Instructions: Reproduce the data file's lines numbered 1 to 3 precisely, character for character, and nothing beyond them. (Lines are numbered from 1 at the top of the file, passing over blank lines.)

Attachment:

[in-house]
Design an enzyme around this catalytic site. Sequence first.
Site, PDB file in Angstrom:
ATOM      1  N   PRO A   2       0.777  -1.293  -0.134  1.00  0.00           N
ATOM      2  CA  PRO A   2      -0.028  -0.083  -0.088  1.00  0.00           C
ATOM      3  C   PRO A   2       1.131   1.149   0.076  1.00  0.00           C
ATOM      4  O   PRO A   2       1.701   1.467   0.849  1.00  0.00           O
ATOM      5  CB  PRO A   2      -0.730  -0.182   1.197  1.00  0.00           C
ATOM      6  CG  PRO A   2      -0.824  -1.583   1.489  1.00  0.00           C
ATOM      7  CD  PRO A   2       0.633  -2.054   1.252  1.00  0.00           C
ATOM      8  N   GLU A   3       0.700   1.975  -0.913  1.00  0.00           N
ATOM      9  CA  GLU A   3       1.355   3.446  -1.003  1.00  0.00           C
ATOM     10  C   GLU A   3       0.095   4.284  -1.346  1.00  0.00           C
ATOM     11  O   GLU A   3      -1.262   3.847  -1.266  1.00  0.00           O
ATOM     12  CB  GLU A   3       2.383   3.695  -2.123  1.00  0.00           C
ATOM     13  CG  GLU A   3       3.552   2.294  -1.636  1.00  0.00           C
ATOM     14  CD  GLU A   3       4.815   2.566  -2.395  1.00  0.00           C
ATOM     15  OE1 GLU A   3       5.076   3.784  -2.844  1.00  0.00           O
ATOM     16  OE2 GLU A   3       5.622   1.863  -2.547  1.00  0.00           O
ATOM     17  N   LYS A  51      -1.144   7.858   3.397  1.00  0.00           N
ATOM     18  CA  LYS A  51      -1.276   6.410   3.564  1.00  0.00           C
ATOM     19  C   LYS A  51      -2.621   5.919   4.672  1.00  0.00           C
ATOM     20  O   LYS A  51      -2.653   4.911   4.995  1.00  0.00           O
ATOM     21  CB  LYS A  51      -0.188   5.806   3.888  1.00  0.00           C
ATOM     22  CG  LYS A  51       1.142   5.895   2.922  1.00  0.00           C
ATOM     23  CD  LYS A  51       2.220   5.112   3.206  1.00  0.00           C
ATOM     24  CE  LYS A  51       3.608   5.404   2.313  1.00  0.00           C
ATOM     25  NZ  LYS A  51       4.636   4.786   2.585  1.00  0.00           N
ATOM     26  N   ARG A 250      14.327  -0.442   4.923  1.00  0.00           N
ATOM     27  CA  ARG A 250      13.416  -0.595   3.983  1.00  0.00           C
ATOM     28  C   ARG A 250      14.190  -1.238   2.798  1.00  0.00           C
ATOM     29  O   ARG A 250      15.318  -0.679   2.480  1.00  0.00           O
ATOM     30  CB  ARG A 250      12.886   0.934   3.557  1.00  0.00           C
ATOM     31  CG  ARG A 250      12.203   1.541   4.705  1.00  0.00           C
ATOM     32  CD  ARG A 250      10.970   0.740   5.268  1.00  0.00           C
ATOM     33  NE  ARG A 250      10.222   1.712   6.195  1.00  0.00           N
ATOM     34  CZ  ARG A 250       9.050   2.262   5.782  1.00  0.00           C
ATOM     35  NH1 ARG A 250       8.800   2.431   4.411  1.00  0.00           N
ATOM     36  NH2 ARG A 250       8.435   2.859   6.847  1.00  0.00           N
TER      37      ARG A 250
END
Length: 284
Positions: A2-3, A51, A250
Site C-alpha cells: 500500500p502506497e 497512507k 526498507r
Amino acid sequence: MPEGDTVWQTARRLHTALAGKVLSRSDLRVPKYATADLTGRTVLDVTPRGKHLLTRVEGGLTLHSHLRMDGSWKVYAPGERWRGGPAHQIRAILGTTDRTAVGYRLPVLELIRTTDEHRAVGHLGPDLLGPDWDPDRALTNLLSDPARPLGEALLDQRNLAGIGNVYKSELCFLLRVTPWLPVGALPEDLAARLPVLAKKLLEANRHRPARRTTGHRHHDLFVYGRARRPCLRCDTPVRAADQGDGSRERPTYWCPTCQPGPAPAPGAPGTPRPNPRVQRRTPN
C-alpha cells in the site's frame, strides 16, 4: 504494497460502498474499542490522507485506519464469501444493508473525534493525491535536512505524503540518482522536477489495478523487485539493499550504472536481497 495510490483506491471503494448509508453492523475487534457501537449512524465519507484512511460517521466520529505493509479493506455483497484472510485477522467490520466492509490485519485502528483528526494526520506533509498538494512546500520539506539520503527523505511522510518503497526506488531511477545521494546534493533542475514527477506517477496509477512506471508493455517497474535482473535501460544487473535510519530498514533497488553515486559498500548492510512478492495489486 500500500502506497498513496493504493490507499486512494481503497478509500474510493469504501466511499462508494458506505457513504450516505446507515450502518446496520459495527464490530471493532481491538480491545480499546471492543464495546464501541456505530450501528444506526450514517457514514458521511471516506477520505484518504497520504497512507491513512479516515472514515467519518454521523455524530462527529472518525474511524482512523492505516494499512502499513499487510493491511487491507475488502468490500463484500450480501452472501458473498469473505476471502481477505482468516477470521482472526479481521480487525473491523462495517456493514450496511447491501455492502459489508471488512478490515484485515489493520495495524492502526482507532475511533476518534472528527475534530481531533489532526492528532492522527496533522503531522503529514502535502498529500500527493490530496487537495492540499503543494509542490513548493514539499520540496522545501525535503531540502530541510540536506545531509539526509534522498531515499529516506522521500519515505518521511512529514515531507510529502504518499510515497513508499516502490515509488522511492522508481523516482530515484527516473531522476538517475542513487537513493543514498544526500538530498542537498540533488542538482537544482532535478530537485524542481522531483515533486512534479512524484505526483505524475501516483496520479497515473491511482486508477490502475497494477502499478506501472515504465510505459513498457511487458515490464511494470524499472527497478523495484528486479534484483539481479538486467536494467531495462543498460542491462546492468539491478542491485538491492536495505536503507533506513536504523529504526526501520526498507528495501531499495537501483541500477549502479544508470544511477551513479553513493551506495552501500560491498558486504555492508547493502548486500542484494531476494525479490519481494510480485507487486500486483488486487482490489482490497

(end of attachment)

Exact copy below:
[in-house]
Design an enzyme around this catalytic site. Sequence first.
Site, PDB file in Angstrom: